Case Report

Primary Lipoma Arborescence of Bilateral Knees in an Adolescent Patient: A Case Report

by Alexander Speechley1*, Matthew J Brown2

1School of Medicine University of St. Andrews, N Haugh, St Andrews KY16 9TF, UK

2Connecticut Children’s Sports Medicine, 399 Farmington Ave., Farmington, CT, 06032. United States

*Corresponding author: Alexander Speechley, School of Medicine University of St. Andrews, N Haugh, St Andrews KY16 9TF, UK and Matthew J Brown, Connecticut Children’s Sports Medicine, 399 Farmington Ave., Farmington, CT, 06032, United States

Received Date: 11 January 2024

Accepted Date: 16 January 2024

Published Date: 19 January 2024

Citation: Speechley A, Brown MJ (2024) Primary Lipoma Arborescence of Bilateral Knees in an Adolescent Patient: A Case Report. Ann Case Report 09: 1596. https://doi.org/10.29011/2574-7754.101596

Abstract

Introduction: Lipoma Arborescens is benign lesion presenting with deposits of adipose tissue forming villous, frond-like synovial growths, with the knee most commonly affected. Case: An adolescent male presented with bilateral knee pain and was found to possess lipoma arborescens in both knees. He underwent bilateral arthroscopic synovectomy after the failure of nonoperative modalities. Synovectomy was successful, and the patient was able to return to full activities after three months of physical therapy. Conclusion: This case study investigates the rare case of a pediatric bilateral lipoma arborescens patient treated successfully with arthroscopic synovectomy, and the usage a GraftNet device in obtaining tissue for histological analysis.

Introduction

Lipoma Arborescens (LA) is a rare, synovial proliferation characterized by a dense, villous appearance involving the synovial joints [1]. A handful of cases can be seen throughout medical literature, but since its discovery in the early 20th century, LA remains poorly understood. The term originates from "arbor" meaning "tree" in latin illustrating the gross and “frond-like” appearance that the synovial mass commonly presents [2]. The suprapatellar recess of the knee is the most frequent location but the shoulder is also an occasional site [3-5]. In the majority of cases, synovectomy is the recommended treatment for improvement in pain and function. Rarely, non-operative means can manage symptoms. Along with advanced imaging, characterization via pathology is important to most accurately determine morphology.

We present a brief case of bilateral LA in a 15- year-old male and the role of the GraftNetTM Autologous Tissue Collector (Arthrex, Naples, FL) in capturing adequate pathological sampling for this uncommon tumor-like lesion.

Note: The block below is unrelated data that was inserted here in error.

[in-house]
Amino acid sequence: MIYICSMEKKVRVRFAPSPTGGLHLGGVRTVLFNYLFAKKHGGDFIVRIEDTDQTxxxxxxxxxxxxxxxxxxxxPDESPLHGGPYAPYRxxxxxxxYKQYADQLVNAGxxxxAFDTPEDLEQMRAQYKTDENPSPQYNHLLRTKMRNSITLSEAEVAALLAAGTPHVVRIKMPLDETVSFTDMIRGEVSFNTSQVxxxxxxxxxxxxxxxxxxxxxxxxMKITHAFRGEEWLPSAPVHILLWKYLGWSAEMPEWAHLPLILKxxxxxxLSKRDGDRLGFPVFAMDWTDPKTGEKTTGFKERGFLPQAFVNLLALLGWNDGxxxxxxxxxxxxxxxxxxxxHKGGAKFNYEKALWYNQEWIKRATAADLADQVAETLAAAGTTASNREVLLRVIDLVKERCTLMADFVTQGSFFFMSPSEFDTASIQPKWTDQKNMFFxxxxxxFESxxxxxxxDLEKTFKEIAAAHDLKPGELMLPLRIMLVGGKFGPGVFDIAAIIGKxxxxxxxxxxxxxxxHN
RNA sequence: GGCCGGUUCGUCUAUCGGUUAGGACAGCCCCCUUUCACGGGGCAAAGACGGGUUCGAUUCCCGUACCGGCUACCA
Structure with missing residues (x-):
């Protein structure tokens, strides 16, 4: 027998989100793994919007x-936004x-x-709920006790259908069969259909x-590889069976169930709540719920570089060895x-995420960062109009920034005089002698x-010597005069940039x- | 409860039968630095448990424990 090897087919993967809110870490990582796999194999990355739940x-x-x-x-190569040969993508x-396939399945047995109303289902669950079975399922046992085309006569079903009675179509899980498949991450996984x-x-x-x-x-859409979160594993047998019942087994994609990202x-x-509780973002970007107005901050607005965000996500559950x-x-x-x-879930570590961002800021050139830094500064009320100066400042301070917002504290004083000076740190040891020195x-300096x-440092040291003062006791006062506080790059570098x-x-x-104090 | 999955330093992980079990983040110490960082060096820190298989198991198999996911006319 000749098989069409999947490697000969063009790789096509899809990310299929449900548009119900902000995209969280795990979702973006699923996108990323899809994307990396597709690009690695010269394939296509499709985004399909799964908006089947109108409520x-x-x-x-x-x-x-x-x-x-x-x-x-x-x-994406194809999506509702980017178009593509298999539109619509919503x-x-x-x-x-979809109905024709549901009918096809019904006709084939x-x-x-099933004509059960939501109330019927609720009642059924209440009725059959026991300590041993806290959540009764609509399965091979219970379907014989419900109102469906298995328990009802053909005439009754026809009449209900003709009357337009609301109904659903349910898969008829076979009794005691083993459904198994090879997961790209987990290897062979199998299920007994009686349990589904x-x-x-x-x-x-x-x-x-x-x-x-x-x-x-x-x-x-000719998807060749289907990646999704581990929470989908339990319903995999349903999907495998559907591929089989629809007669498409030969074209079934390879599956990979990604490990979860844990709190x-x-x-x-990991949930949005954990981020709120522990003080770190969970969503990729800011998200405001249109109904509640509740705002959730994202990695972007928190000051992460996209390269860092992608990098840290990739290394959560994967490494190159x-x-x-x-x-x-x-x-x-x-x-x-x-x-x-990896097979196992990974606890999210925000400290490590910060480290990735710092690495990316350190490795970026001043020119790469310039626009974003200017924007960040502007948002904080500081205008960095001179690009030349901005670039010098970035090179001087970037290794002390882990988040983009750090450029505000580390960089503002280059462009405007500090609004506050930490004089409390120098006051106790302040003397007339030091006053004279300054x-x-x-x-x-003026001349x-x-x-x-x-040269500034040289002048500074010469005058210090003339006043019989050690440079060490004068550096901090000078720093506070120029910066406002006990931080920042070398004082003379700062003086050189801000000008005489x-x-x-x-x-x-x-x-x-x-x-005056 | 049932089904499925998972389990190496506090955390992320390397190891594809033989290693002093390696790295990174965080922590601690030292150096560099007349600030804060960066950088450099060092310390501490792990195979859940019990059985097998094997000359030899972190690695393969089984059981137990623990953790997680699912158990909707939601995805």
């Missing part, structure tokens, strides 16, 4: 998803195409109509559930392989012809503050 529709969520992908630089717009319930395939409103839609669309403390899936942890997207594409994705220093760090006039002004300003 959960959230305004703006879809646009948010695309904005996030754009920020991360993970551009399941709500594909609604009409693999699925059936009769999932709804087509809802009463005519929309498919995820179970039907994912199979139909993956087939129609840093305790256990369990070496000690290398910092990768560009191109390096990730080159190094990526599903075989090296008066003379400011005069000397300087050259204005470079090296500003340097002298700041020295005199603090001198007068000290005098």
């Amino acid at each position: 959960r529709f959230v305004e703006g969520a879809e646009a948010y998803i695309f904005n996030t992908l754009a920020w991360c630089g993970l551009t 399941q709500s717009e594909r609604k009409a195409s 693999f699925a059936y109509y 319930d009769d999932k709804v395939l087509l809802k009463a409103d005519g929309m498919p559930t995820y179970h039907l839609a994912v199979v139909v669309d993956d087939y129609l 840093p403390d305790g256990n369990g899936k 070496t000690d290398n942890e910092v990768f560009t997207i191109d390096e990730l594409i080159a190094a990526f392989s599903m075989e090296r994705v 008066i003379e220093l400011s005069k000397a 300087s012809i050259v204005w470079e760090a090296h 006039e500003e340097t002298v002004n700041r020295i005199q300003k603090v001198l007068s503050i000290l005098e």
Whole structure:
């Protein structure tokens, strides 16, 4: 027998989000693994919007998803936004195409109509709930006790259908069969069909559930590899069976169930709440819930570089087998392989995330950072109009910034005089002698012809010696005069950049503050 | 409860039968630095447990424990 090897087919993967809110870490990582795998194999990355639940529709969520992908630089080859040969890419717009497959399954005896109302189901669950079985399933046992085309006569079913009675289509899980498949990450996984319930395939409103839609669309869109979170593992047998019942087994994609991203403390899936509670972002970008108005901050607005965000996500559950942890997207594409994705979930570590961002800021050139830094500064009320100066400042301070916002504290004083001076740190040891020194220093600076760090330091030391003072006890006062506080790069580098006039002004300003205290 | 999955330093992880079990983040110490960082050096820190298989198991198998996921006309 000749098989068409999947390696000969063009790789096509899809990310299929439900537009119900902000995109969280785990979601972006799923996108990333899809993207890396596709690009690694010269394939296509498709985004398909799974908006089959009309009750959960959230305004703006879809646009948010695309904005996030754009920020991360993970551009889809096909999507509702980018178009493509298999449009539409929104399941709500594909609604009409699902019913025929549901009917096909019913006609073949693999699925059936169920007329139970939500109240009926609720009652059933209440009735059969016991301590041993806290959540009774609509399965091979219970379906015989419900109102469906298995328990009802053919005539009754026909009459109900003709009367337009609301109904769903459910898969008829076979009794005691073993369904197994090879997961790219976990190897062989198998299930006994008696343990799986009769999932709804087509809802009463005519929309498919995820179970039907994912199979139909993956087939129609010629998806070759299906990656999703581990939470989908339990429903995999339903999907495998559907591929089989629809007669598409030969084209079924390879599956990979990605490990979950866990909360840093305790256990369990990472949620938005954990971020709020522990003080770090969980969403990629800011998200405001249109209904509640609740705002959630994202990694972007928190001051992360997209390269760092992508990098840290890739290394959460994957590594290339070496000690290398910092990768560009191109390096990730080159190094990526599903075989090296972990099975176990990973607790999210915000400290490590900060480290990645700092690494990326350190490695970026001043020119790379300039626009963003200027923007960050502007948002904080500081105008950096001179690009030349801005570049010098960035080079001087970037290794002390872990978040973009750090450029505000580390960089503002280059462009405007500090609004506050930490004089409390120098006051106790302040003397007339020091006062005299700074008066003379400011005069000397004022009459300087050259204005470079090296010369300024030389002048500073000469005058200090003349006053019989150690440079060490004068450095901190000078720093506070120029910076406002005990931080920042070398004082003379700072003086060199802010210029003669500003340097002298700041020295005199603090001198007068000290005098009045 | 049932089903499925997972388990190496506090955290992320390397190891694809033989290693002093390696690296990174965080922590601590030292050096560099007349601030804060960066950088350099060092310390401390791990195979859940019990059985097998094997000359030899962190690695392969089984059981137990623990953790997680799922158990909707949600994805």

Case Report

A 14-year-old male presented to pediatric orthopedic clinic complaining of bilateral knee pain for several years. He had seen another partner in the office for this concern and had completed more than 20 sessions of physical therapy over the previous few months with no significant relief. He endorsed pain on the right greater than the left and stated the pain had been going on for approximately seven years and noticed it most with activities such as squatting and running. The patient was simultaneously being worked on by another pediatric specialist for problems with chronic constipation as well as bilateral testalgia of unknown cause.

Initial knee exam revealed palpable grinding in flexion and extension along with mechanical symptoms associated with meniscal provocative maneuvers. Initial plain films of both knees showed slight lateral patellar tilt but no other evidence of abnormality such as fractures or dislocations.  On physical examination there were palpable protuberant masses in the bilateral suprapatellar pouches with baseline knee effusions. Investigation with bilateral knee MRIs was pursued.

MRI of bilateral knees demonstrated synovitis along with diffuse lipomatous disease consistent with LA (Figure 1).  After a thorough review of the MRI findings with the patient and his mother concerning surgical versus nonsurgical options, a decision was made to trial physical therapy for an additional 6 weeks before considering surgery.  On follow-up, the patient continued to report worsening bilateral knee pain despite continued physical therapy. After repeat discussion about surgical options the decision was made to pursue exploratory arthroscopy as well as synovectomy of the right knee first, per patient request (Figure 2).

 

Figure 1: Sagittal T2 MRI demonstrating lipoma arborescens in the suprapatellar pouch.

 

Figure 2: Lipoma arborescens seen in suprapatellar pouch during arthroscopy.

That month, the patient underwent a right knee synovectomy due to worsening pain secondary to LA. After a diagnostic arthroscopy was performed on each knee, the patellofemoral compartment was investigated for articular injury. Upon exploration, there was immediate visualization of lipomatous fronds in the supra-patellar pouch. The medial and lateral compartments were pristine without injury or evidence of loose bodies. The supra-patellar pouch was debrided using a combination of the two existing antero-medial and antero-lateral portals along with the lateral supra-patellar portal. Utilizing the GraftNet device, we sent two separate samples to pathology from the supra-patellar region in addition to samples obtained using a biter. Due to the extensiveness of the diseased synovium, we then made a postero-medial portal under scope guidance and then debrided the villous lipomas in the back of the knee. All wounds were then copiously irrigated with saline, and the incisions were closed. The samples of the synovial villiform projections taken using both the GraftNet device and a manual biter and sent to pathology for histological examination (Figure 3) were consistent with LA.